Commissioner Damanaki visits Ireland
Maria Damanaki, Commissioner for Maritime Affairs and Fisheries, visited Dublin and Galway from 22 to 23 September 2011 to present and discuss with Irish stakeholders the reform of the Common Fisheries Policy, proposed by the Commission in July.
"In Ireland, the economic performance of the fishing fleet has been deteriorating since the late nineties. What went wrong?" said Commissioner Damanaki. "We have been fishing too much. We have been carelessly throwing away unwanted catches. And we have let our fleet become obese. I want things to change. I want fisheries to be a source of wealth for fishermen and their families and for coastal communities."
On 22 September, the Commissioner spoke at the Institute of International and European Affairs on the gains that Ireland can expect from a reformed Common Fisheries Policy [40 KB] . She then met Simon Coveney, Minister for Agriculture, Marine and Food, and representatives of the Irish fishing industry and civil society.
On 23 September, Commissioner Damanaki, together with Commissioner for Research and Innovation, Maire Geoghegan-Quinn, visited the Marine Institute in Co. Galway, to discuss key policy areas and priorities in marine science and innovation.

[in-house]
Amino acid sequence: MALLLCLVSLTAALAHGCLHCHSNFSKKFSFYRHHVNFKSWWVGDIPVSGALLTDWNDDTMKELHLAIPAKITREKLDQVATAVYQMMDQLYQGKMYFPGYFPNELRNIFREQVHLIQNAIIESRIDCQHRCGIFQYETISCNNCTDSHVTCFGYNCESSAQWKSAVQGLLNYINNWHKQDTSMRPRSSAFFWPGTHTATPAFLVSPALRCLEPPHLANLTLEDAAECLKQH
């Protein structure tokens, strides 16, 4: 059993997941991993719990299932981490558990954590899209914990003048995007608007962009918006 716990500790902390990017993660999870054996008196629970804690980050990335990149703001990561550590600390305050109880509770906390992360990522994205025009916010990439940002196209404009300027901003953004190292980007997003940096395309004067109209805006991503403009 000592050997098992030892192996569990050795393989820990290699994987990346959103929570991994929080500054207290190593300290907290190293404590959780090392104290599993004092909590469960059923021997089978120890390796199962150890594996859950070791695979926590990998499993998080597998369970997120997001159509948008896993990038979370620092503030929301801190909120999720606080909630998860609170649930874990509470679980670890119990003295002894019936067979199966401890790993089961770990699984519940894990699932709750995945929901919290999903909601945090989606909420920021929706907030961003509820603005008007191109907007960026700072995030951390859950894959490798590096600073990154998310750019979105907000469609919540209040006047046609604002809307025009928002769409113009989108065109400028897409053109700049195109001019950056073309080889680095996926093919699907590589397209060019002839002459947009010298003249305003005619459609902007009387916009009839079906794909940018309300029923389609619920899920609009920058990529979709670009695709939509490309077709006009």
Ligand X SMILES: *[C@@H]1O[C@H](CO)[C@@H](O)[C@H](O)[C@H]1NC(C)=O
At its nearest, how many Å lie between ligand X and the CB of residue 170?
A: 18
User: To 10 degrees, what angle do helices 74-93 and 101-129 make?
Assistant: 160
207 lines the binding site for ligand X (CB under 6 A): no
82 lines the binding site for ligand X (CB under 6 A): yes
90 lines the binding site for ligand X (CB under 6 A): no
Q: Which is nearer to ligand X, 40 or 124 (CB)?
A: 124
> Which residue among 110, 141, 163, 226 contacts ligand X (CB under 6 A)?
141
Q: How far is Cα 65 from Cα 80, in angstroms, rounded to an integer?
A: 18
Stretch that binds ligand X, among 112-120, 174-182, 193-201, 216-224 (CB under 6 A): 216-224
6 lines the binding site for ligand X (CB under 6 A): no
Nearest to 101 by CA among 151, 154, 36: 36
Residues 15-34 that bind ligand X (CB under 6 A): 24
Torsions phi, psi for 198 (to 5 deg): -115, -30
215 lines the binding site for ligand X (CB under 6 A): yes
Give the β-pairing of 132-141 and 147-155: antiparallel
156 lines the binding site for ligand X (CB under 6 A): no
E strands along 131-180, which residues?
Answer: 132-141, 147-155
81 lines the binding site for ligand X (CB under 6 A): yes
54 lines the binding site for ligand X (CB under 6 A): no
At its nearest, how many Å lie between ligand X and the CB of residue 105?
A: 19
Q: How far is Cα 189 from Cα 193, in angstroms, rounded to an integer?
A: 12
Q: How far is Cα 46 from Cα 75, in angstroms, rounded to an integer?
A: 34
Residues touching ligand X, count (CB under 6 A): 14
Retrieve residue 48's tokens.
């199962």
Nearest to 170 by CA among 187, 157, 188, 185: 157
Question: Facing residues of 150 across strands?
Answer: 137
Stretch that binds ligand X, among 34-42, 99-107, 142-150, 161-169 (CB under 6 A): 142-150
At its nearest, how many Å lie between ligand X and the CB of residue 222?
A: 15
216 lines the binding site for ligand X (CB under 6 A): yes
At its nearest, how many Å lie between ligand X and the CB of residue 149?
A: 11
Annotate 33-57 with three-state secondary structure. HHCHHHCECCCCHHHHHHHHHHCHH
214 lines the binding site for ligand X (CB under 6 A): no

At the margin of her visit, Commissioner Damanaki said: "Maritime policy is now facing its sternest test to date. It is called on to play a full part in pulling Europe out of the ongoing economic downturn, providing it with the economic and social backbone to help it stand strong in the face of future challenges. The emphasis given here on stimulating growth and innovation from the Ocean is exactly what I am trying to promote in Europe. It is an excellent thing that I believe sets an example for other countries."
During their visit the Commissioners met with staff and management for detailed briefings on how the Institute’s research and services complement and assist EU initiatives.
The Commissioners toured some of the Institute’s 54 custom built laboratories to see its vital service work on marine environmental monitoring, marine food safety and fish stock assessment. A detailed briefing was given to the Commissioners on the Institute’s plans to harness technology in the creation of employment and economic growth from Ireland’s marine sector as national and international innovations through research into ocean energy, the development of new medicines and functional foods from marine animals and plants, offshore aquaculture, underwater robotics and the application of advanced information technologies to marine communications and monitoring in science-industry consortia.
Following this briefing Commissioner Damanaki remained at the Marine Institute to meet with leading Irish multinationals and SMEs who are participants in the SmartOcean Cluster, where the companies outlined how their innovations and technologies can contribute to the “Blue Growth” and environmental stewardship objectives of the Integrated Maritime Policy for the European Union.